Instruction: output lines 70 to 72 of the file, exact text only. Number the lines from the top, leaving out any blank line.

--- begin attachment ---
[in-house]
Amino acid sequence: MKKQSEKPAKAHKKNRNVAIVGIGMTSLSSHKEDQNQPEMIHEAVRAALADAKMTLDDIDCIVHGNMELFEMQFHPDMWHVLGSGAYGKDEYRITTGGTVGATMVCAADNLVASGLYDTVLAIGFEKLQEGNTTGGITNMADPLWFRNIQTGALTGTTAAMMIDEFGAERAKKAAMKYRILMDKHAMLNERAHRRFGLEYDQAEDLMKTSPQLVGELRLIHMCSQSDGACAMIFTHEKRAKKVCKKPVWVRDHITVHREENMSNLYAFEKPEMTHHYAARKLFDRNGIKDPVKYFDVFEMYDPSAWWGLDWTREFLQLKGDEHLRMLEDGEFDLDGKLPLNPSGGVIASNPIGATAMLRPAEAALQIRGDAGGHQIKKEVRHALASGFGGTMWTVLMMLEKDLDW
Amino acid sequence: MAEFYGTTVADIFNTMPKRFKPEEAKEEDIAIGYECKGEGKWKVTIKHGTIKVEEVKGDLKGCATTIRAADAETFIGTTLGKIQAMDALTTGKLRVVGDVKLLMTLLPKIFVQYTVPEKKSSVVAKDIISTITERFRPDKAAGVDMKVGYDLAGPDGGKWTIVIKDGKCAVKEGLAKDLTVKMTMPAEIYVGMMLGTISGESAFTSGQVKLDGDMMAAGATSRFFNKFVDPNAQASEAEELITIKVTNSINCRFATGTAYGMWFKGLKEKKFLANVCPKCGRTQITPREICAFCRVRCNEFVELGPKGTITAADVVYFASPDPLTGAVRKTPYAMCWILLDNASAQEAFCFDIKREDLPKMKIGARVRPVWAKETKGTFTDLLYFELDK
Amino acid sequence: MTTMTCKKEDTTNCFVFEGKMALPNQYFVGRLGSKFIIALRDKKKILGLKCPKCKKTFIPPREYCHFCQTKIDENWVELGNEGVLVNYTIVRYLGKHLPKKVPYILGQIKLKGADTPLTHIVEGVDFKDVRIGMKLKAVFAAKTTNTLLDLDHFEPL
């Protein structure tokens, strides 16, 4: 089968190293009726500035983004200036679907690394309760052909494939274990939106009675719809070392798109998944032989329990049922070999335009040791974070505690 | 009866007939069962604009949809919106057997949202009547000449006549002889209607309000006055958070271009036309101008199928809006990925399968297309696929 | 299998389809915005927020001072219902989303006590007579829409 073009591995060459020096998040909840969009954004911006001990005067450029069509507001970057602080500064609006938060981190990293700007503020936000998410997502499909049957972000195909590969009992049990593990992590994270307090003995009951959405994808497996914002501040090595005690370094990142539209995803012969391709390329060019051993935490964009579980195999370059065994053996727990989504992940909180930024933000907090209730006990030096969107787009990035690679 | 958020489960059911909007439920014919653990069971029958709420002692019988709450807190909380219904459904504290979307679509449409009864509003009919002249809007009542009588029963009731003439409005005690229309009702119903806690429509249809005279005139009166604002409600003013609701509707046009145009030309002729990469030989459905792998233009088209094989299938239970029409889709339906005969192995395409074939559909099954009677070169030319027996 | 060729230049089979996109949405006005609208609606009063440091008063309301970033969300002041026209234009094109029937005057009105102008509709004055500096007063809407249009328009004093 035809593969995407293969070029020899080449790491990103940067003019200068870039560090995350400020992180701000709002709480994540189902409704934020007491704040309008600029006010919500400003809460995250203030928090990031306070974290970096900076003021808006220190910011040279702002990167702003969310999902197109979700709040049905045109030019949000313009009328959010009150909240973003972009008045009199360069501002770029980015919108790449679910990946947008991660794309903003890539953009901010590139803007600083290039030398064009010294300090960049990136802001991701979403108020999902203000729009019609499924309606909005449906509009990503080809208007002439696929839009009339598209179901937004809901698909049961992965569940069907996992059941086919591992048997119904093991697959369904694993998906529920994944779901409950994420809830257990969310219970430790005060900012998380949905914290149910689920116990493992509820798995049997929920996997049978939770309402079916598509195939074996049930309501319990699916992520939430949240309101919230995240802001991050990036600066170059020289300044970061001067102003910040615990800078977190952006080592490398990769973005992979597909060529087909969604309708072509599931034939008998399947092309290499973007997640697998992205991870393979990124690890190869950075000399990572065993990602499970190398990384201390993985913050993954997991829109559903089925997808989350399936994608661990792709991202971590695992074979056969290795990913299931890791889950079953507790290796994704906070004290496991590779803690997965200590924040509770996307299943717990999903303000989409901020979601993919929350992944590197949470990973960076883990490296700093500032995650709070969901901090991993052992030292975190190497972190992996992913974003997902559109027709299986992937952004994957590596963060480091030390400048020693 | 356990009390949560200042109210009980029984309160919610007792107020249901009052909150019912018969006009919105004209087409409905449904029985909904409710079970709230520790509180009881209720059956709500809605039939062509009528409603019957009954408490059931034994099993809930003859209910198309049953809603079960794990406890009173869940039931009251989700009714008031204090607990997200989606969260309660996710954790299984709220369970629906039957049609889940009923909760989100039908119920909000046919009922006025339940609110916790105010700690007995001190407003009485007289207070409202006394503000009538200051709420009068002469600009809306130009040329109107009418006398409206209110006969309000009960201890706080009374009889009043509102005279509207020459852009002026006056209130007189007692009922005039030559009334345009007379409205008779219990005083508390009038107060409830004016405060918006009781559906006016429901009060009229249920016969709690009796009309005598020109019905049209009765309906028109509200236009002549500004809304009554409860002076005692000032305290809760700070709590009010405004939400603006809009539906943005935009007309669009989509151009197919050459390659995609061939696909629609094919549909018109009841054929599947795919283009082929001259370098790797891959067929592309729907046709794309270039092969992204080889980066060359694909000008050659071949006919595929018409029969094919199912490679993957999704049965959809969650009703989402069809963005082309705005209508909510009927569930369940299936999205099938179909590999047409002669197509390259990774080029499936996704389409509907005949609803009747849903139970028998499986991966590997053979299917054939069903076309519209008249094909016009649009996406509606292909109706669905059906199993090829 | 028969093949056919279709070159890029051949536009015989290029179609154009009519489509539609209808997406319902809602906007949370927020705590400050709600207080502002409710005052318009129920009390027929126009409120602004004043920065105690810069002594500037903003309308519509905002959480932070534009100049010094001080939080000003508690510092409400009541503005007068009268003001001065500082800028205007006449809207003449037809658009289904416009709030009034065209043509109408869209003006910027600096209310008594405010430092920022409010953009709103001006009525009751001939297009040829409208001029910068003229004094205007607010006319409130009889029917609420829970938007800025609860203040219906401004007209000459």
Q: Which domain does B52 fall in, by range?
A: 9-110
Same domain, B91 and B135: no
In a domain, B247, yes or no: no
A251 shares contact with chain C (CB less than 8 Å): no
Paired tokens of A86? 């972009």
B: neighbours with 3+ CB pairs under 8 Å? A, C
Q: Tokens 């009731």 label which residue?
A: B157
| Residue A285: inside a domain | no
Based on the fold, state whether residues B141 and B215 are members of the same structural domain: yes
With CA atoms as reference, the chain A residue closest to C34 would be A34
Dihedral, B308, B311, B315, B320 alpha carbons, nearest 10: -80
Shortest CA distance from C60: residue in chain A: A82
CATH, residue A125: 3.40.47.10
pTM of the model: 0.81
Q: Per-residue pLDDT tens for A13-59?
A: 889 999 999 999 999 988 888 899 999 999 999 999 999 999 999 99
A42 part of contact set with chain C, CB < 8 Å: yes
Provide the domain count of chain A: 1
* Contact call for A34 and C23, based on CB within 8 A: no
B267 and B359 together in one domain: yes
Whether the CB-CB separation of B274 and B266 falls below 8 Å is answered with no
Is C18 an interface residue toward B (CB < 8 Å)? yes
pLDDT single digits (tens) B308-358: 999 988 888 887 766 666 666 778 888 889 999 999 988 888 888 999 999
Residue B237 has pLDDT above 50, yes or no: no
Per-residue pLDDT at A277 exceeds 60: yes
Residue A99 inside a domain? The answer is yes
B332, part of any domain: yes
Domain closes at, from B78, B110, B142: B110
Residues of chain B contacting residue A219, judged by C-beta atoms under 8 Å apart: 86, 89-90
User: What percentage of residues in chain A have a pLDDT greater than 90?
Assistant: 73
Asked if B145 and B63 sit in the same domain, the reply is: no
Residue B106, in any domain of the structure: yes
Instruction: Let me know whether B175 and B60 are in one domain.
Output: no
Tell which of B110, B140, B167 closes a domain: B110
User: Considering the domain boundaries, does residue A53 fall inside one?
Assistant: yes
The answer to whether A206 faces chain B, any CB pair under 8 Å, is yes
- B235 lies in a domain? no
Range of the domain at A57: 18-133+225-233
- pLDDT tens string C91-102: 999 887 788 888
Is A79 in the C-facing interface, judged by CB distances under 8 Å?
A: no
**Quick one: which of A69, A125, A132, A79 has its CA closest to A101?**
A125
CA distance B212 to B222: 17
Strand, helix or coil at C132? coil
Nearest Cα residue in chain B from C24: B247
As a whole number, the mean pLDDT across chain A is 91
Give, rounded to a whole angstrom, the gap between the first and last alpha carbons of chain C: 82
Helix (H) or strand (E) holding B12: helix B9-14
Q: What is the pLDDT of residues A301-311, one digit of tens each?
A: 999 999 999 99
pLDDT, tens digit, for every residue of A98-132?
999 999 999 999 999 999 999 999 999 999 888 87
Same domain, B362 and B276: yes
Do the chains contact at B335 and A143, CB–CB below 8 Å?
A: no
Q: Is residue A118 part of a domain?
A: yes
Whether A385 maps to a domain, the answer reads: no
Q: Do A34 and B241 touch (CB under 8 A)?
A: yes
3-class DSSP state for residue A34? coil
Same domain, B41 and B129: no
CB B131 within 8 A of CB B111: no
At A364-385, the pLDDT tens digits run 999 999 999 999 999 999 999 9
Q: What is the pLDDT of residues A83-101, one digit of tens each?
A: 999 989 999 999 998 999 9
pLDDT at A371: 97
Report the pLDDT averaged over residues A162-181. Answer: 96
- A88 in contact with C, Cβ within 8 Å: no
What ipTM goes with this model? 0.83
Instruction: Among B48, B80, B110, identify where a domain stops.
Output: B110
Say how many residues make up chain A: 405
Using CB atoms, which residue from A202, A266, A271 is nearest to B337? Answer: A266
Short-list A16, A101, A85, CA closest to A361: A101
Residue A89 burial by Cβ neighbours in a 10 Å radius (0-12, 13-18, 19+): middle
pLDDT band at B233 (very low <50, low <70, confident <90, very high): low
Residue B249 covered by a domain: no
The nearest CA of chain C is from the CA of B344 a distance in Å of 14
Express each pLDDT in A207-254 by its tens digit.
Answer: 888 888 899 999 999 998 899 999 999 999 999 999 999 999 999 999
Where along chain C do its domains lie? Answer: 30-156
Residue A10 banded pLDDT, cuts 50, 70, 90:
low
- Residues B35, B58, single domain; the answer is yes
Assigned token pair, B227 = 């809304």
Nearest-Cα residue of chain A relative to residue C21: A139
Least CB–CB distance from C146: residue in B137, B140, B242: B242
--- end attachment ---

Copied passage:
Q: Do A34 and B241 touch (CB under 8 A)?
A: yes
3-class DSSP state for residue A34? coil